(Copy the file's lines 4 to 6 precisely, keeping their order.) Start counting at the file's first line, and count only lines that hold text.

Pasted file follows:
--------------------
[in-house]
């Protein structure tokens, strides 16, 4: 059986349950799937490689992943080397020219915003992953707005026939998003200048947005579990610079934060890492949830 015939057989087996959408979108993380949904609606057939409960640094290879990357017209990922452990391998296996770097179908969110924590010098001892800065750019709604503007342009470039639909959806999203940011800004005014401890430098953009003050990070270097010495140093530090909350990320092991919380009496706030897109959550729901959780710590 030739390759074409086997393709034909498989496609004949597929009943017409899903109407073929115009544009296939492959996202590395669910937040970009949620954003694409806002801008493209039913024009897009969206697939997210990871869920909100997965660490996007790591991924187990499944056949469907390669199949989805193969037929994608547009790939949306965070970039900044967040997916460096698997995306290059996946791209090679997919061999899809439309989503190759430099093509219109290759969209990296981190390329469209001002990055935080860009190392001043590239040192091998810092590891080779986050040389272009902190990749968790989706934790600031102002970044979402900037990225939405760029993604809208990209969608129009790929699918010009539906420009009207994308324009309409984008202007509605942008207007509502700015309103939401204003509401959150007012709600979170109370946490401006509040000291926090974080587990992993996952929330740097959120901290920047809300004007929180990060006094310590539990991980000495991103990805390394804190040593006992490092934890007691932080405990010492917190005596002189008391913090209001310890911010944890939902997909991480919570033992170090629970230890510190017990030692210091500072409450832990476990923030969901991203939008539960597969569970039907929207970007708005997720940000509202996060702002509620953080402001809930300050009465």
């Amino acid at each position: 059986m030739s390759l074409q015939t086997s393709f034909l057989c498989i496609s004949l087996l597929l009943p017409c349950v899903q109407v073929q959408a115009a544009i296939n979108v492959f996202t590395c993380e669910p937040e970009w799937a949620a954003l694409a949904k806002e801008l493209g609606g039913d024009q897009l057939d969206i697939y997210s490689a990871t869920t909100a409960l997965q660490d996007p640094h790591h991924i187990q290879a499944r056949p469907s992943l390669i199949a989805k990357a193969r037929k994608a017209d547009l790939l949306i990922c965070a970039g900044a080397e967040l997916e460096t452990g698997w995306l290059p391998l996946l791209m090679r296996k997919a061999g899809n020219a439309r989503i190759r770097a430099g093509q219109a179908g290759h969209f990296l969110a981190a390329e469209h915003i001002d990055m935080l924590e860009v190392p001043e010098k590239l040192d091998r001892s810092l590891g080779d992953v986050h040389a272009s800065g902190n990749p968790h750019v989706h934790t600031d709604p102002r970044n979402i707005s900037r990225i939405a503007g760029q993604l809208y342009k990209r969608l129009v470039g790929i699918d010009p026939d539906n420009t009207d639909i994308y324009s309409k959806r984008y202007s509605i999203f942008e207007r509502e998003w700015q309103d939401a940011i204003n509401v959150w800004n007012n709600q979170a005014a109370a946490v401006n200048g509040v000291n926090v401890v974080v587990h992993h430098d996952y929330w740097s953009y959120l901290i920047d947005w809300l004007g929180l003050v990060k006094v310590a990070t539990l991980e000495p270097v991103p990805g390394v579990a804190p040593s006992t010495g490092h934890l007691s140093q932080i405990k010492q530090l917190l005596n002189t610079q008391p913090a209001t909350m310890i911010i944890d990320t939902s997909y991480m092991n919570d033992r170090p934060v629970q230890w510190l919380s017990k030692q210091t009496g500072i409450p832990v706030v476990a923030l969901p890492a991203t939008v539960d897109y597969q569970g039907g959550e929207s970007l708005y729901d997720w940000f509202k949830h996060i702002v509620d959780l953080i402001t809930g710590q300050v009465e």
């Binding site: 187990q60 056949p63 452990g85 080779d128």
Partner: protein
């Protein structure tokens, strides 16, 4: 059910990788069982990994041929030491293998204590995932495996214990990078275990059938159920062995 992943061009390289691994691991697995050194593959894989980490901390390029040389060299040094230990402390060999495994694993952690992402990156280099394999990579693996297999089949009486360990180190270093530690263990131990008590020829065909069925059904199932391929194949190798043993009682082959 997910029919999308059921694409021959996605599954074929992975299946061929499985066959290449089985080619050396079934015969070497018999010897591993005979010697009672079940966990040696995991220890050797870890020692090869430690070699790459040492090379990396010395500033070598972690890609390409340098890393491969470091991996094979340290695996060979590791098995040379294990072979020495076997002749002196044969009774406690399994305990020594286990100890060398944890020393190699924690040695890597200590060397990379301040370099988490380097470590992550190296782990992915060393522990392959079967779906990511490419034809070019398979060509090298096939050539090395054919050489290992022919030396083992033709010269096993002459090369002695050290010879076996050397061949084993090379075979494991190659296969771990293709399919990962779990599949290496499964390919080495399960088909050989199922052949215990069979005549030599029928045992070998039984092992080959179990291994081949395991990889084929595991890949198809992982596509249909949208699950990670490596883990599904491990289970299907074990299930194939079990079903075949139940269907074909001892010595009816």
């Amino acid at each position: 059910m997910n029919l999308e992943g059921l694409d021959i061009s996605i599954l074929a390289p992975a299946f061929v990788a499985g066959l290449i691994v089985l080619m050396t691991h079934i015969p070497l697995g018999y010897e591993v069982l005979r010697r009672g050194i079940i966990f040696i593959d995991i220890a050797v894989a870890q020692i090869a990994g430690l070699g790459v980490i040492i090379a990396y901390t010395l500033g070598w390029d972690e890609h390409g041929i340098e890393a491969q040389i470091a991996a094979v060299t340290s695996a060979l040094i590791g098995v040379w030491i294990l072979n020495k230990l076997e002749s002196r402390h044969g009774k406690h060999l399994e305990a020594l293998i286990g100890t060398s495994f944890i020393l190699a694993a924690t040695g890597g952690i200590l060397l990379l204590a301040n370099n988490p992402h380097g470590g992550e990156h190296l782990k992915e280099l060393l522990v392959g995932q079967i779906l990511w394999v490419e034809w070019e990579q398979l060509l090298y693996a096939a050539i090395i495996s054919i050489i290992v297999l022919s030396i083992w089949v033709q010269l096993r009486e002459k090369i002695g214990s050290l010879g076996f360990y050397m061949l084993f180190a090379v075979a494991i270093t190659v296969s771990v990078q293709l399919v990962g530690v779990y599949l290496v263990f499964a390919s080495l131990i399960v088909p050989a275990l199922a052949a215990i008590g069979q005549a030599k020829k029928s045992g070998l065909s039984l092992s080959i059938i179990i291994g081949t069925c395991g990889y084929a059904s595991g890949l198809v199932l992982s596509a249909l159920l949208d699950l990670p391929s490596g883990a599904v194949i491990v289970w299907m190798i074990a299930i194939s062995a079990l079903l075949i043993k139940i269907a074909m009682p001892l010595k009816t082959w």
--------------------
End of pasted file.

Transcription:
């Binding site: 187990q60 056949p63 452990g85 080779d128």
Partner: protein
């Protein structure tokens, strides 16, 4: 059910990788069982990994041929030491293998204590995932495996214990990078275990059938159920062995 992943061009390289691994691991697995050194593959894989980490901390390029040389060299040094230990402390060999495994694993952690992402990156280099394999990579693996297999089949009486360990180190270093530690263990131990008590020829065909069925059904199932391929194949190798043993009682082959 997910029919999308059921694409021959996605599954074929992975299946061929499985066959290449089985080619050396079934015969070497018999010897591993005979010697009672079940966990040696995991220890050797870890020692090869430690070699790459040492090379990396010395500033070598972690890609390409340098890393491969470091991996094979340290695996060979590791098995040379294990072979020495076997002749002196044969009774406690399994305990020594286990100890060398944890020393190699924690040695890597200590060397990379301040370099988490380097470590992550190296782990992915060393522990392959079967779906990511490419034809070019398979060509090298096939050539090395054919050489290992022919030396083992033709010269096993002459090369002695050290010879076996050397061949084993090379075979494991190659296969771990293709399919990962779990599949290496499964390919080495399960088909050989199922052949215990069979005549030599029928045992070998039984092992080959179990291994081949395991990889084929595991890949198809992982596509249909949208699950990670490596883990599904491990289970299907074990299930194939079990079903075949139940269907074909001892010595009816």